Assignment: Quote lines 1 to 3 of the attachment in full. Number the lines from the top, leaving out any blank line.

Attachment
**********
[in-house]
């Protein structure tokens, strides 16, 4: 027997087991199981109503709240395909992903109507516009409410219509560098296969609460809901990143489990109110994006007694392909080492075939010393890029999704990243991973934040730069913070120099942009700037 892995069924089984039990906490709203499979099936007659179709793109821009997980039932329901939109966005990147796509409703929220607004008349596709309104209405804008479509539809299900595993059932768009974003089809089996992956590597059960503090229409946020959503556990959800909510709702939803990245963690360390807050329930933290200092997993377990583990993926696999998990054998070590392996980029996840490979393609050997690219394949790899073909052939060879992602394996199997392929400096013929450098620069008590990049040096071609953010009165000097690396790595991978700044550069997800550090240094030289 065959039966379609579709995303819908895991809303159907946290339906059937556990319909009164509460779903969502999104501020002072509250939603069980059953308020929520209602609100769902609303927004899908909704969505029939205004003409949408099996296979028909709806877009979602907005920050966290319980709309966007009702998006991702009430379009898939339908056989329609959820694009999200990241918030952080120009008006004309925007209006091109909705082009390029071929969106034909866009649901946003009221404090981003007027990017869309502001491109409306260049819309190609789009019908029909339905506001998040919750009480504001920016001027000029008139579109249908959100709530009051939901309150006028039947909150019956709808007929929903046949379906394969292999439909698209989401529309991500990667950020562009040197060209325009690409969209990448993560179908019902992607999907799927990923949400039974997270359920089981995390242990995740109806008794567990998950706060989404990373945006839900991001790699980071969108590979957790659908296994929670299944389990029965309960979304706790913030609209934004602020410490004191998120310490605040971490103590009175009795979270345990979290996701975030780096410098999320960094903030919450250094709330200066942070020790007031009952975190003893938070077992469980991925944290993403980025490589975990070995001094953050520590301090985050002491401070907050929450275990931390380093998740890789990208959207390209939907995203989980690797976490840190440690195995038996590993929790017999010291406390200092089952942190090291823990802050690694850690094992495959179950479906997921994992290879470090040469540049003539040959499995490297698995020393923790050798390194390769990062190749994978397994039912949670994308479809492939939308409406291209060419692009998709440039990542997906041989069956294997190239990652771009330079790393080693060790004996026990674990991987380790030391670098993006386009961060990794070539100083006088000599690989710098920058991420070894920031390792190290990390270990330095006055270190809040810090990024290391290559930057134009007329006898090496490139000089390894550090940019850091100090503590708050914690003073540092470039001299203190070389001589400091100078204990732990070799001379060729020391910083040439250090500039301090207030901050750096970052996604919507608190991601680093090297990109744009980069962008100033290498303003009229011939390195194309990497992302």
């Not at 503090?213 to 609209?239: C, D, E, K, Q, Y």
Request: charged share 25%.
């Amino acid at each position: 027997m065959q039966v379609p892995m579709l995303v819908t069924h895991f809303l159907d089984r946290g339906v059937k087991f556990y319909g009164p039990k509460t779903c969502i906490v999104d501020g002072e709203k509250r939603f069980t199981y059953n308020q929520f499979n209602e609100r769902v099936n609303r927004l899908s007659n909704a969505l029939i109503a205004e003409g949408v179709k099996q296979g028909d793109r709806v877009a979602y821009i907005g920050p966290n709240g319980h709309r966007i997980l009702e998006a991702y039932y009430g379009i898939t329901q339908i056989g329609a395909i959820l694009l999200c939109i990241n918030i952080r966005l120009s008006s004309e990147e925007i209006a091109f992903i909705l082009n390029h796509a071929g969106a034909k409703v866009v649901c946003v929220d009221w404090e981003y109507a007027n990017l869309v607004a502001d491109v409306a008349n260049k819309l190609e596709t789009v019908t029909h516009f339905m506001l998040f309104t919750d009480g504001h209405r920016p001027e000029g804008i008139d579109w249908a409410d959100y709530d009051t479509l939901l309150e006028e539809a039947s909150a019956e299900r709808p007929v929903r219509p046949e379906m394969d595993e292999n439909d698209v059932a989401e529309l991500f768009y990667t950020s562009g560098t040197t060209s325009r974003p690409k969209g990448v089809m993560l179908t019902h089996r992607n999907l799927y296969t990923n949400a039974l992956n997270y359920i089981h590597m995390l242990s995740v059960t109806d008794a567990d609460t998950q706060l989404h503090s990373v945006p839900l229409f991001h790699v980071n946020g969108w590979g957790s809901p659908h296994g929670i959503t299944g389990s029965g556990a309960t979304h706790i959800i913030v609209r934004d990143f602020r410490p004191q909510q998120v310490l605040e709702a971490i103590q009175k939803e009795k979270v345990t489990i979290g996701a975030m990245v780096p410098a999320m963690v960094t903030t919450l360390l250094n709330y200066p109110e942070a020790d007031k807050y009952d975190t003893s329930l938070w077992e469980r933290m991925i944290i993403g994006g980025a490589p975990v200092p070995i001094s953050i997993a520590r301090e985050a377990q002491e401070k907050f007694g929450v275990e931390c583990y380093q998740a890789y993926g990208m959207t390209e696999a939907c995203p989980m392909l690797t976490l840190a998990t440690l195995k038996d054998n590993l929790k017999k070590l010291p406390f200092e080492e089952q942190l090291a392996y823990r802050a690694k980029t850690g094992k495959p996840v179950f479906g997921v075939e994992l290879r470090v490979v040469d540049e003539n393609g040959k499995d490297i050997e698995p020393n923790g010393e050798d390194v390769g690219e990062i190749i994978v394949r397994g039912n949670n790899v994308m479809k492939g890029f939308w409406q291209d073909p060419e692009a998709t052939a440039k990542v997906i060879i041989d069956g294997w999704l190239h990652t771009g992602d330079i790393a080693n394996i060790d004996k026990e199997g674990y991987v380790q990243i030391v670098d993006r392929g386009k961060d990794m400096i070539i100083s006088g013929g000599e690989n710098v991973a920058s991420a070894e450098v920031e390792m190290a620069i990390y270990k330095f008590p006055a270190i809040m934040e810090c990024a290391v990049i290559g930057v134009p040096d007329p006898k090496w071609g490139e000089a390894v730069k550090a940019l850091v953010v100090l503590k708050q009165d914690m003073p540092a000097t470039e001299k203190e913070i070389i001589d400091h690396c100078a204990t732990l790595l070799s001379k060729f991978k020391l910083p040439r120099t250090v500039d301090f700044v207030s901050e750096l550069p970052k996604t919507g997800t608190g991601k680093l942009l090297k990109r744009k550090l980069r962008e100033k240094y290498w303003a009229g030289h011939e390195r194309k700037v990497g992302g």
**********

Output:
[in-house]
């Protein structure tokens, strides 16, 4: 027997087991199981109503709240395909992903109507516009409410219509560098296969609460809901990143489990109110994006007694392909080492075939010393890029999704990243991973934040730069913070120099942009700037 892995069924089984039990906490709203499979099936007659179709793109821009997980039932329901939109966005990147796509409703929220607004008349596709309104209405804008479509539809299900595993059932768009974003089809089996992956590597059960503090229409946020959503556990959800909510709702939803990245963690360390807050329930933290200092997993377990583990993926696999998990054998070590392996980029996840490979393609050997690219394949790899073909052939060879992602394996199997392929400096013929450098620069008590990049040096071609953010009165000097690396790595991978700044550069997800550090240094030289 065959039966379609579709995303819908895991809303159907946290339906059937556990319909009164509460779903969502999104501020002072509250939603069980059953308020929520209602609100769902609303927004899908909704969505029939205004003409949408099996296979028909709806877009979602907005920050966290319980709309966007009702998006991702009430379009898939339908056989329609959820694009999200990241918030952080120009008006004309925007209006091109909705082009390029071929969106034909866009649901946003009221404090981003007027990017869309502001491109409306260049819309190609789009019908029909339905506001998040919750009480504001920016001027000029008139579109249908959100709530009051939901309150006028039947909150019956709808007929929903046949379906394969292999439909698209989401529309991500990667950020562009040197060209325009690409969209990448993560179908019902992607999907799927990923949400039974997270359920089981995390242990995740109806008794567990998950706060989404990373945006839900991001790699980071969108590979957790659908296994929670299944389990029965309960979304706790913030609209934004602020410490004191998120310490605040971490103590009175009795979270345990979290996701975030780096410098999320960094903030919450250094709330200066942070020790007031009952975190003893938070077992469980991925944290993403980025490589975990070995001094953050520590301090985050002491401070907050929450275990931390380093998740890789990208959207390209939907995203989980690797976490840190440690195995038996590993929790017999010291406390200092089952942190090291823990802050690694850690094992495959179950479906997921994992290879470090040469540049003539040959499995490297698995020393923790050798390194390769990062190749994978397994039912949670994308479809492939939308409406291209060419692009998709440039990542997906041989069956294997190239990652771009330079790393080693060790004996026990674990991987380790030391670098993006386009961060990794070539100083006088000599690989710098920058991420070894920031390792190290990390270990330095006055270190809040810090990024290391290559930057134009007329006898090496490139000089390894550090940019850091100090503590708050914690003073540092470039001299203190070389001589400091100078204990732990070799001379060729020391910083040439250090500039301090207030901050750096970052996604919507608190991601680093090297990109744009980069962008100033290498303003009229011939390195194309990497992302």
């Not at 503090?213 to 609209?239: C, D, E, K, Q, Y």